Health System Cohorts Ramp Up Implementation of EHR-Based Electronic Case Reporting

May 4, 2020
eCR Now is a new FHIR-based app available for EHRs that are not yet eCR-enabled

When the COVID-19 outbreak hit, four pilots to implement automated electronic case reporting (eCR) to public health from EHRs as part of the Digital Bridge project were just wrapping up. The teams working on those pilots shifted gears to put together rapid cycle implementation processes to scale up eCR across more health systems. There now have been more than 142,000 COVID-19 electronic case reports transmitted to public health agencies since the onset of the pandemic.

Electronic case reporting is generally defined as the automated generation and transmission of case reports from EHRs to public health agencies for review and action. Goals include reducing clinician and staff burden and replacing legally required paper-based reporting, as well as getting information and feedback from public health back into patient’s chart.

 During a recent AMIA webinar, informatics experts working on eCR technical and policy solutions described how they switched gears to ramp up implementation so quickly.

 Steven Lane, M.D., M.P.H., clinical informatics director, privacy, information security & interoperability at Sutter Health and a clinical professor of family & community medicine  at the University of California San Francisco, was involved in one of the four Digital Bridge pilots.

 He said that in the Northern California region, there is a strong community of healthcare organizations involved in Epic interoperability Regional User Groups (RUGs). They put together rapid cycle implementation process for eCR and worked with Epic to develop an accelerated implementation plan for COVID-19 case reporting. “In California there are 41 organizations that use the Epic health record, 29 of us connected to eHealth Exchange and nine connected to Carequality, so this was a very ripe opportunity to leverage existing technology and legal agreements in place to move this forward quickly. What had previously taken two to three months was reduced to three to four days,” Lane said. “We have completed two cohorts of health systems in California go live and are now moving out of California and to a third.

Lane said the cohort built on its culture of cooperative collaboration and held daily meetings to address common progress and issues. “We are starting our third cohort now and a fourth is planned. We at Sutter Health were able to go live in three business days, which was pretty exciting. I don’t think anybody has beaten us yet.”

The other Digital Bridge pilot sites are all now live, including Intermountain, Houston Methodist, UC Davis, and the Institute for Family Health in New York.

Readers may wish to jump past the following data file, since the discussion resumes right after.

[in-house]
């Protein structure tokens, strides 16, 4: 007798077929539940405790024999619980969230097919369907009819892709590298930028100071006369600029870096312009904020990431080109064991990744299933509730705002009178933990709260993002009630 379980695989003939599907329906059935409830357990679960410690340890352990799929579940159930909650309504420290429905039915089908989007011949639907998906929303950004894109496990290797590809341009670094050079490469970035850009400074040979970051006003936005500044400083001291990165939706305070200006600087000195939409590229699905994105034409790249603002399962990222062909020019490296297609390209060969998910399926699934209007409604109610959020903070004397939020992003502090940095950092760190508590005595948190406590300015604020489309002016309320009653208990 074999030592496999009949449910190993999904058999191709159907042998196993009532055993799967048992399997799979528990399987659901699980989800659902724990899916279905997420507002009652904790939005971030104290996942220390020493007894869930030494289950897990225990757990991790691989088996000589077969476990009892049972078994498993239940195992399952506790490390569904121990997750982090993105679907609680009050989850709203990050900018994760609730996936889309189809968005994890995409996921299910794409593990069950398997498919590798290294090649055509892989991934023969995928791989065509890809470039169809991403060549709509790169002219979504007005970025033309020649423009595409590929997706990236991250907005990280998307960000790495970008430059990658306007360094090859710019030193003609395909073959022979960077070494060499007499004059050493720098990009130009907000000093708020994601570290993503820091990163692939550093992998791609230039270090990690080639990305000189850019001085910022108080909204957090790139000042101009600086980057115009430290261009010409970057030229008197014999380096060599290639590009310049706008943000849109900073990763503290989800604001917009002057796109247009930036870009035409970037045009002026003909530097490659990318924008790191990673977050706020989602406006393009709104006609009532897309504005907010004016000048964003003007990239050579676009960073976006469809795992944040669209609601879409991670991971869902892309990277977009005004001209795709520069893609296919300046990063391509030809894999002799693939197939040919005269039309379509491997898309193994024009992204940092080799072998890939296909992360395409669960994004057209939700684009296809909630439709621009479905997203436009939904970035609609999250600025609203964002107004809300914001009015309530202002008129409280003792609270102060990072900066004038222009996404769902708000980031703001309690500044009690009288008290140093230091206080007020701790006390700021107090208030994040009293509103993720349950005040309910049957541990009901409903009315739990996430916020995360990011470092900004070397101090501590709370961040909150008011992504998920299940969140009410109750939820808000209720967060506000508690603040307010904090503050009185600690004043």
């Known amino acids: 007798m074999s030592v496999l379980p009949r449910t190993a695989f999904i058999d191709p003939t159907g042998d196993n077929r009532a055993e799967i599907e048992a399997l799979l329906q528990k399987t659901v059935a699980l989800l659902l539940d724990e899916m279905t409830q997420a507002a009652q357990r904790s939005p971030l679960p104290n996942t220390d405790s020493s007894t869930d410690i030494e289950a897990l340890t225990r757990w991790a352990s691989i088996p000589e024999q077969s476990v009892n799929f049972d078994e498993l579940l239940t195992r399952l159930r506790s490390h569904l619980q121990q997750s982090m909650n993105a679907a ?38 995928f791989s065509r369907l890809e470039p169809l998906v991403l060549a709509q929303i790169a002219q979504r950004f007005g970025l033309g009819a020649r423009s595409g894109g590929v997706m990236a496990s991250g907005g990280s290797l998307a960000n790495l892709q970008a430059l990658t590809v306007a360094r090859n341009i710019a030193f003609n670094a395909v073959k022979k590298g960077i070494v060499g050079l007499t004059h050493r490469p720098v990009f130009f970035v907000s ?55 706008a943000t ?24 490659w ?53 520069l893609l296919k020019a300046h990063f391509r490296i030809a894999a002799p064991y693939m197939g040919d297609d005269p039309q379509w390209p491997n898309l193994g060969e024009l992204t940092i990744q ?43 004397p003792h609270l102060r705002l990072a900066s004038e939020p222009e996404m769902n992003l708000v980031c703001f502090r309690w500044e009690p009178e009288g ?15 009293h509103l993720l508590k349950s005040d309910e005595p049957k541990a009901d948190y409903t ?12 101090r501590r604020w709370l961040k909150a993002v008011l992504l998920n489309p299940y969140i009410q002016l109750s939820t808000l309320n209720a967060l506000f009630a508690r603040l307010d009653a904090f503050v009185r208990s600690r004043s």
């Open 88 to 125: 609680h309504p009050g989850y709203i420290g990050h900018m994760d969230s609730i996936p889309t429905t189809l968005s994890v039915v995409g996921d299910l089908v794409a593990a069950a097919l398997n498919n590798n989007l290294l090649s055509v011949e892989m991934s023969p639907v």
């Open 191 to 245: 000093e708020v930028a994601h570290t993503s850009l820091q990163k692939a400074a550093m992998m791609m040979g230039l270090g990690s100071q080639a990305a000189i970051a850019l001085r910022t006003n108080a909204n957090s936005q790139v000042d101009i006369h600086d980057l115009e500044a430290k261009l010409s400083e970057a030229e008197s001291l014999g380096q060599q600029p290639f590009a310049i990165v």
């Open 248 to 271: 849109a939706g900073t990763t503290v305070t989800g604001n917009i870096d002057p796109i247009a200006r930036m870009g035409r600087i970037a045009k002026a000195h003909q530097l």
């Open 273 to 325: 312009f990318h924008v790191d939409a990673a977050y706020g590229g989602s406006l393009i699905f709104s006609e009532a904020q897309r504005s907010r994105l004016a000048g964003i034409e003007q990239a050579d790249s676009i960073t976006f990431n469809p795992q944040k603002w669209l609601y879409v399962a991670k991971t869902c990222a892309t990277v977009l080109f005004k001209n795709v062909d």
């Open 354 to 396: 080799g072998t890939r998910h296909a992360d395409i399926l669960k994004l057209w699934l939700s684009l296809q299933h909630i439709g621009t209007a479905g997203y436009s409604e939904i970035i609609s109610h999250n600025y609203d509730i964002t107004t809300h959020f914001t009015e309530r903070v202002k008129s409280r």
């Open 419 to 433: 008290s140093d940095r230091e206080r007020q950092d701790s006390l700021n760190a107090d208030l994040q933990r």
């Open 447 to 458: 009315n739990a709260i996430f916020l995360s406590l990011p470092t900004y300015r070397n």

Sutter Health went live April 15, followed closely by OCHIN, 19 states and Contra Costa Health Services.

 Current implementation cohort members include:

• Washington Hospital Healthcare System (CA)

• UCLA (CA)

• MemorialCare (CA)

• Community Medical Center (CA)

• University Of Utah

• Group Health Cooperative of South Central Wisconsin (WI)

• PeaceHealth (WA)

• Northwest Permanente, PC (WA, OR)

• Memorial Healthcare System (FL)

• Novant Health (GA, NC, SC, VA)

 Lane said future cohorts are forming now. He sees opportunities for further progress, including working with Epic to advance a nationwide approach to rapidly onboard all U.S healthcare organization customers instead of having to do this work in smaller cohorts.

They are also working with Carequality to finalize a new eCR Implementation Guide to allow participation by any provider organization that has signed on to use the national interoperability framework.

The informatics leaders working on this are working to encourage all EHR vendors to develop triggering and report-generation capabilities based on the Digital Bridge standard. (There is a FHIR-based system being designed to allow clinicians on any EHR to send in this data.) They also are encouraging all state and local health jurisdictions to accept eCR in lieu of manual case reporting.

John Loonsk, M.D., is a consulting chief medical informatics officer for the Association of Public Health Laboratories and an adjunct associate professor at the Johns Hopkins Bloomberg School of Public Health. He is leading the “eCR Now” effort to rapidly scale up case reporting to support COVID-19 and other outbreaks.  

 There is a recognition that eCR is operating well now for COVID-19, but there were a limited number of EHRs with eCR capabilities when the COVID-19 outbreak began, Loonsk explained. So they began work on a new “eCR Now” FHIR app that EHRs that are not eCR-enabled can rapidly implement to automate COVID-19 eCR. “We were in the midst of rolling out eCR and not all EHRs have added the technology to support the case reporting solution,” Loonsk said, “but the FHIR app is built on the API in FHIR out in the field now and can be implemented readily. We realized we could build on that API and provide a reporting app that could do COVID 19 reporting without EHR vendors having to upgrade their software.”

An initial version of eCR Now app for COVID-19 and the source code became available May 1 for EHR sandbox implementation and testing. They are encouraging EHR companies to test it in an HL7 FHIR Virtual Connectathon May 13-15.

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